A version of bitcoin’s much-anticipated Lightning Network is finally ready for real users.
Announced today, California startup Lightning Labs has officially launched a beta versionof its software (LND), making available what investors and project leads say is the first thoroughly tested version of the tech to date. This means that users can now leverage LND to send bitcoin and litecoin to other users, all without settling those transactions on the blockchain.
While this software is one of several seeking to form a combined network that aims to make cryptocurrency transactions faster and cheaper, today’s development effectively takes bitcoin a step closer to new kinds of applications, such as Internet of Things payments and recurring billing.
That’s because, similar to bitcoin, the Lightning protocol isn’t managed by any one person or company. It’s a series of compatible technologies. Bitcoin-centric startup Blockstream released a candidate version 1.0 of the Lightning protocol specification in January, and ACINQ, another like-minded startup, already offers a live alpha software that works with bitcoin.
Still, the Lightning Labs software is believed to be the most mature software to date – and investors are using the launch to signal their interest.
Also revealed today, Lightning Labs has raised $2.5 million from nearly a dozen investors including Twitter CEO Jack Dorsey, Square Capital executive Jacqueline Reses, litecoin creator Charlie Lee and former PayPal COO David Sacks.
While Dorsey and Reses declined to comment other than to confirm they invested, Sacks was vocal in his belief that the beta release marks a crucial moment in bitcoin’s history.
“Lightning is the most important protocol being built on bitcoin and Lightning Labs is the best developer of that protocol,” Sacks told CoinDesk.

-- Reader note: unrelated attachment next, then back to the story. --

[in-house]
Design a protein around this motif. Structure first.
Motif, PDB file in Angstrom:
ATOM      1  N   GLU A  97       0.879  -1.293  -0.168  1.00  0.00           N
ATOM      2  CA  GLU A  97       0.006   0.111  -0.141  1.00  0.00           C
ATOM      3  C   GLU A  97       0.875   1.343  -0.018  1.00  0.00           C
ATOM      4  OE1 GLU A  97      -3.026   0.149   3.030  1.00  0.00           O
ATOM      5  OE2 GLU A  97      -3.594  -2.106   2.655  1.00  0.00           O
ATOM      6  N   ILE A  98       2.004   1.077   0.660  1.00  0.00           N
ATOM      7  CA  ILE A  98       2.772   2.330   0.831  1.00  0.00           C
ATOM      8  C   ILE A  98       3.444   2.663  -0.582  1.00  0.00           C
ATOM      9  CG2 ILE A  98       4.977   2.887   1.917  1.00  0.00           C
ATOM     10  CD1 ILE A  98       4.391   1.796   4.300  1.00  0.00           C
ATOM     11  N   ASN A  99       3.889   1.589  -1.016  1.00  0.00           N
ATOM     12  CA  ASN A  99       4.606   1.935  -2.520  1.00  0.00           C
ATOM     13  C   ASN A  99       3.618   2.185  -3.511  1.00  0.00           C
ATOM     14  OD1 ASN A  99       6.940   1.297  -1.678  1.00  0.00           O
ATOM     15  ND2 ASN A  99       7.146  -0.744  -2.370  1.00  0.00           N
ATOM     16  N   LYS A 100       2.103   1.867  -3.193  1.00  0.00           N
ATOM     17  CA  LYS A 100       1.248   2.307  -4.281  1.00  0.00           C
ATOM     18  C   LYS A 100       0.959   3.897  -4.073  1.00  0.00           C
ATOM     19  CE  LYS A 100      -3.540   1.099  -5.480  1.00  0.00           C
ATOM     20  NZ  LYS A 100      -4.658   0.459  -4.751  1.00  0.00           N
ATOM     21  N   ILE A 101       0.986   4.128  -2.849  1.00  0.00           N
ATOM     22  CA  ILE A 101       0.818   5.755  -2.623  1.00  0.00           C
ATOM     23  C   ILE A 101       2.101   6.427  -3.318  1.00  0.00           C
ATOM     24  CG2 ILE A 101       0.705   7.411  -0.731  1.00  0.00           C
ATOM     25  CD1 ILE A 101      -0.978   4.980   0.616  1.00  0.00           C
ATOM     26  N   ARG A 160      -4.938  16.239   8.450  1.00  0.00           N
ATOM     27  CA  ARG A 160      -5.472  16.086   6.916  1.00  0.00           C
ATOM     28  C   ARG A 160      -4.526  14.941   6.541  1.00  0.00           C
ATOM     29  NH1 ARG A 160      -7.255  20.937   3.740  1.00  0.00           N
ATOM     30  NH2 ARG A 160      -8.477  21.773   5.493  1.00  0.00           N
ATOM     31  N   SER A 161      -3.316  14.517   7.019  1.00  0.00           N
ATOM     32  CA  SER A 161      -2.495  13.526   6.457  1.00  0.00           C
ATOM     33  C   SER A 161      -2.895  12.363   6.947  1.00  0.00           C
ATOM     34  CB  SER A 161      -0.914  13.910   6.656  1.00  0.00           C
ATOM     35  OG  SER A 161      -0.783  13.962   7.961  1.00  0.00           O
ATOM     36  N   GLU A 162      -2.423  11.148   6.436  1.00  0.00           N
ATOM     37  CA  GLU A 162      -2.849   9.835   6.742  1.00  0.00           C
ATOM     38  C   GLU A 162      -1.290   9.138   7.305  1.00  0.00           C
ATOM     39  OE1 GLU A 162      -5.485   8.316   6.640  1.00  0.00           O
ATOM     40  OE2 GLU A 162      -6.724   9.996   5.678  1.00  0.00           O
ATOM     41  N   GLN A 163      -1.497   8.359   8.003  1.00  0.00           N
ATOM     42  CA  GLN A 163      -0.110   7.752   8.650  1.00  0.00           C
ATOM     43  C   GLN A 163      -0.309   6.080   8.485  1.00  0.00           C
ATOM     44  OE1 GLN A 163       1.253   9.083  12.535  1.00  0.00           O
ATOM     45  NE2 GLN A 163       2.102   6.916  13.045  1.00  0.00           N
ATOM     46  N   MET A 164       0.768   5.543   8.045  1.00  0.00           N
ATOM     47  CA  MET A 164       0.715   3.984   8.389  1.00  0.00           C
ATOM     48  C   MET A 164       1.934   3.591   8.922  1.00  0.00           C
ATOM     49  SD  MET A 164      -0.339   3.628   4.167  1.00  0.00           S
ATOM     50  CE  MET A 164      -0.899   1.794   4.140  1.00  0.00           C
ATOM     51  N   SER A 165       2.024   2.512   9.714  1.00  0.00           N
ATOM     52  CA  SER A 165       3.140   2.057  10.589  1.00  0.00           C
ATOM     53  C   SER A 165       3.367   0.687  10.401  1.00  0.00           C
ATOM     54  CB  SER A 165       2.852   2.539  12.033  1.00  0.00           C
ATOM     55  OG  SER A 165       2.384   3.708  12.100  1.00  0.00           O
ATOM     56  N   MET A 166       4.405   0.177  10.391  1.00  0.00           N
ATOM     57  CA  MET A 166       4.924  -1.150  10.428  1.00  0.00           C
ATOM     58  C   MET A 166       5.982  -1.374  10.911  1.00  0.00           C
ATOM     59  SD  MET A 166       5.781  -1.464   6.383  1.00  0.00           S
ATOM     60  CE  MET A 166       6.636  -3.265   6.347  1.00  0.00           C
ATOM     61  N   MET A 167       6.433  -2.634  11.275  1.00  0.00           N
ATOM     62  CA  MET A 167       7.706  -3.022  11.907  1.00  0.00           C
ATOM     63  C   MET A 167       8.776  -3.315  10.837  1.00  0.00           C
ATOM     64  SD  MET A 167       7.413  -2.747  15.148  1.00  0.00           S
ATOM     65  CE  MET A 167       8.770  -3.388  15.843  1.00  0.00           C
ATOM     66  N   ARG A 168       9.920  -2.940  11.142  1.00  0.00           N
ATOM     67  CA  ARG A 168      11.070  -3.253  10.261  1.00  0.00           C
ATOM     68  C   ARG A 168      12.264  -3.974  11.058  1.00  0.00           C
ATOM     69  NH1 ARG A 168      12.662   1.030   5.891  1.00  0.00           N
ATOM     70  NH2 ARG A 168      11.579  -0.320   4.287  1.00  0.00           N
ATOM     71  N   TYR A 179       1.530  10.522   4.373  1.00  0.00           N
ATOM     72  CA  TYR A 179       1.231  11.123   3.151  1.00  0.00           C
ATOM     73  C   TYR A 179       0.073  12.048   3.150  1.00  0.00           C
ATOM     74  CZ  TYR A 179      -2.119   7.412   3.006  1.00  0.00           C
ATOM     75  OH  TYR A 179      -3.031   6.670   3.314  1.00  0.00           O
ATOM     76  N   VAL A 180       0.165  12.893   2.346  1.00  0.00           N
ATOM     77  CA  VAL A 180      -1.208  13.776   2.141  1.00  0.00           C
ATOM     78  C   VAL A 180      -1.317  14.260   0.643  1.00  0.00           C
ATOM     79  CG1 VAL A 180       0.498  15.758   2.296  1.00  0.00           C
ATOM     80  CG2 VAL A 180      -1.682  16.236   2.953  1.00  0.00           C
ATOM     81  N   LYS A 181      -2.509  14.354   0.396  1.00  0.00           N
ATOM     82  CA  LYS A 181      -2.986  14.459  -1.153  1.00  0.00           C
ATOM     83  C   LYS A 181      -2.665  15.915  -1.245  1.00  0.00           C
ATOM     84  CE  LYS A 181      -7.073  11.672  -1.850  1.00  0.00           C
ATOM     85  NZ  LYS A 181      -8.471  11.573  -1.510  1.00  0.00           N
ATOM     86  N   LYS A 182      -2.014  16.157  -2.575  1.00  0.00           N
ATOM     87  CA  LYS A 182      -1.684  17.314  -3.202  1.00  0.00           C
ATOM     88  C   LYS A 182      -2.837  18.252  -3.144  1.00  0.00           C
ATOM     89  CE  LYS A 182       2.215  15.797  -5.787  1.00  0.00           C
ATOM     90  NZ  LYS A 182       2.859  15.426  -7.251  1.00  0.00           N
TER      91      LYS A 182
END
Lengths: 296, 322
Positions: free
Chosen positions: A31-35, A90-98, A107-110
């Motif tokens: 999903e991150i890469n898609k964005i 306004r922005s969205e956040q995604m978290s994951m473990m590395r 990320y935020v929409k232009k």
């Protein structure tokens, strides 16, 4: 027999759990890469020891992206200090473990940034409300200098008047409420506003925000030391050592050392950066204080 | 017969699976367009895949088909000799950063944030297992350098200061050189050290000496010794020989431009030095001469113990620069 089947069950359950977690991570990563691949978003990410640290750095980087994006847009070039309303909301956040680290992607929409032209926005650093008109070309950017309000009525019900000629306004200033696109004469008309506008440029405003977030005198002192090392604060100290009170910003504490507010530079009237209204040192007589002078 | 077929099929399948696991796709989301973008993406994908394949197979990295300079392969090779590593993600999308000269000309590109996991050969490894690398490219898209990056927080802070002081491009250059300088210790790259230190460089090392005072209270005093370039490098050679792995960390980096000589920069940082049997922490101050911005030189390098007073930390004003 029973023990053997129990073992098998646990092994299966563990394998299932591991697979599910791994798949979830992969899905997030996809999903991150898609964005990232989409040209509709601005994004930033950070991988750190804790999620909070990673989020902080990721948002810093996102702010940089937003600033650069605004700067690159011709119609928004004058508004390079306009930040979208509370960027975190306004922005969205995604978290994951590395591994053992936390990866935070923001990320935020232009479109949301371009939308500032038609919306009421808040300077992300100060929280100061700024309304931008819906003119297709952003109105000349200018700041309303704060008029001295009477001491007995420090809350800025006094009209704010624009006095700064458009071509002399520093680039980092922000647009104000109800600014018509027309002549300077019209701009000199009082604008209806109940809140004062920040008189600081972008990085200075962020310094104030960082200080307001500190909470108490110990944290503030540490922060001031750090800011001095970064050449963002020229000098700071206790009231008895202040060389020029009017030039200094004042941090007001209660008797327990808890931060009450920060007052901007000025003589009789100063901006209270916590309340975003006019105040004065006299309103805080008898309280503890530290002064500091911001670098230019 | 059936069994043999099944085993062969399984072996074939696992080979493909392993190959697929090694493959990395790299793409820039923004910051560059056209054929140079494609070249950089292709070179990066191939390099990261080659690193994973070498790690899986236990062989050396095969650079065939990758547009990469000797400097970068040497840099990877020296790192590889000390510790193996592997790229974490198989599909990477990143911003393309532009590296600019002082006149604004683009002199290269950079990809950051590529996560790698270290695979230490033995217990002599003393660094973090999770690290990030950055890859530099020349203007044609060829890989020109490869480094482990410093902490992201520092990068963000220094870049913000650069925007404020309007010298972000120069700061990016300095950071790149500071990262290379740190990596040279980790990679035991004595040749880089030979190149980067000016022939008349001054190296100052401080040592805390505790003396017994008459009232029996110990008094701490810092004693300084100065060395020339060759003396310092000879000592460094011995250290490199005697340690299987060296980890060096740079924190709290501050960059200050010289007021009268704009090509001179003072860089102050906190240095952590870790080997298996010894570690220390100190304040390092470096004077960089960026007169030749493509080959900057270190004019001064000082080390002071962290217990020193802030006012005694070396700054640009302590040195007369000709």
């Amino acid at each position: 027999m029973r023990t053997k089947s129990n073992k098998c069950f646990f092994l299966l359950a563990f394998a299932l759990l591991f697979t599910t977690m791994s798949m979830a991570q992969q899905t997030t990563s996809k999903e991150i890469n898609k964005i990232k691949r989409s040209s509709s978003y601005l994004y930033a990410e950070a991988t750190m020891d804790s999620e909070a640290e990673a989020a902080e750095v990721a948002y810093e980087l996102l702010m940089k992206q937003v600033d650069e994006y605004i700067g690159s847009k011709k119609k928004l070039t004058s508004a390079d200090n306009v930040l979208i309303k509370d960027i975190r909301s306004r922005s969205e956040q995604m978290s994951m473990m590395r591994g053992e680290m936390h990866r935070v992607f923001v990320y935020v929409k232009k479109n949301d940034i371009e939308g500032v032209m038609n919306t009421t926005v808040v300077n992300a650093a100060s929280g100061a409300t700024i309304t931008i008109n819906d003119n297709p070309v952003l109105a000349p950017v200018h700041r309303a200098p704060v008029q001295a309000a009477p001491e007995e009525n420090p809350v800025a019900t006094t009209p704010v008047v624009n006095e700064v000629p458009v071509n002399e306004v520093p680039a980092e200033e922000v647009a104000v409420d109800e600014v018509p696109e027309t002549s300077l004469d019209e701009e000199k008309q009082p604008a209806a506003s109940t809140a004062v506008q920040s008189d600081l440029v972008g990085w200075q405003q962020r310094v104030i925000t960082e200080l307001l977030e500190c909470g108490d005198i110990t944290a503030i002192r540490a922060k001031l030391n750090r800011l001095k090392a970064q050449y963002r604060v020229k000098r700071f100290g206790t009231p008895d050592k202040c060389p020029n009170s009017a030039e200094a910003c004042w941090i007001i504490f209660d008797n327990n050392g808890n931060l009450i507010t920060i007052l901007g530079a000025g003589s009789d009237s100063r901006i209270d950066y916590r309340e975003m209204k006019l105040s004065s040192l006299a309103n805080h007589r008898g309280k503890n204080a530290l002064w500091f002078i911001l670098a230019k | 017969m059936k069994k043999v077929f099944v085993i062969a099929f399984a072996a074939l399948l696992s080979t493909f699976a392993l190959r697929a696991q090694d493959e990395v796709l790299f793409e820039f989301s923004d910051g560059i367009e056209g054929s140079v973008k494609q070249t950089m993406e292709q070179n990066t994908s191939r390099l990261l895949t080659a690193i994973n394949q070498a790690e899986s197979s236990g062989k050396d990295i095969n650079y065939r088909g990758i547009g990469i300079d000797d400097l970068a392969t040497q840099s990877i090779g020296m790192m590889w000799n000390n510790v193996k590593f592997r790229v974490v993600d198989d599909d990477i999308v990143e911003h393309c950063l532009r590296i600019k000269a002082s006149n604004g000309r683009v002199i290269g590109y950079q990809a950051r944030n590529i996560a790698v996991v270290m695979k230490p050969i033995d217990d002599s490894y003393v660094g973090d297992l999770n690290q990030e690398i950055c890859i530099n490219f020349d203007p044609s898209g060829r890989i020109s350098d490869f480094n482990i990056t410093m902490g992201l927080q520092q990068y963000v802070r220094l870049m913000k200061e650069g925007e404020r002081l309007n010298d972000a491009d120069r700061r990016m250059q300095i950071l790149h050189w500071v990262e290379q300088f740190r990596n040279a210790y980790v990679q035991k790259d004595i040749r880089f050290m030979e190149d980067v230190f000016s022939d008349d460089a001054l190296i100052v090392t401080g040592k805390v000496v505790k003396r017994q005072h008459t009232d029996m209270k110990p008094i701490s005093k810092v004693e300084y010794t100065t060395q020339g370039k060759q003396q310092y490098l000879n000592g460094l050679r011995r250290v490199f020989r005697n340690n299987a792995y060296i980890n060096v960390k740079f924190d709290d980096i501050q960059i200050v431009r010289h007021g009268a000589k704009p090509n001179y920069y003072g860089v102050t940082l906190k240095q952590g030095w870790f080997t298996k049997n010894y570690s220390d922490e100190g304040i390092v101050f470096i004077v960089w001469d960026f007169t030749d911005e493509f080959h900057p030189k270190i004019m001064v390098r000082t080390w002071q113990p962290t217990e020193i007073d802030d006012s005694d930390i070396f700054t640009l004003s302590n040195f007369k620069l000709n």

Fellow investor Ben Davenport, CTO at the blockchain security company BitGo, agreed the launch is a pivotal milestone.
He told CoinDesk:
“It’s something the entire community has been focused on and working towards for the better part of two years now. It’s really the culmination of a lot of work by many people, not just Lightning Labs. … We see it as a very important piece of the scaling solution for bitcoin, and perhaps other digital currencies as well.”
To Lee’s point, thousands of people around the world contributed to today’s Lightning release, from volunteer testers who helped find bugs in the original alpha version, to developers like Jim Posen at the exchange platform Coinbase, who contributed code through GitHub.
“The community engagement around Lightning has been amazing,” Lightning Labs CEO Elizabeth Stark told CoinDesk, adding that she plans to keep the software freely accessible. “The protocol will always be open source and right now everything we are making will be open source,” she said.
When Stark asked the audience at a recent decentralization summit in Berlin who had already tested Lightning, hundreds of people raised their hands. “We have around 1,800 people on the Slack for LND alone,” she added. “We already have dozens of apps that developers have built.” […]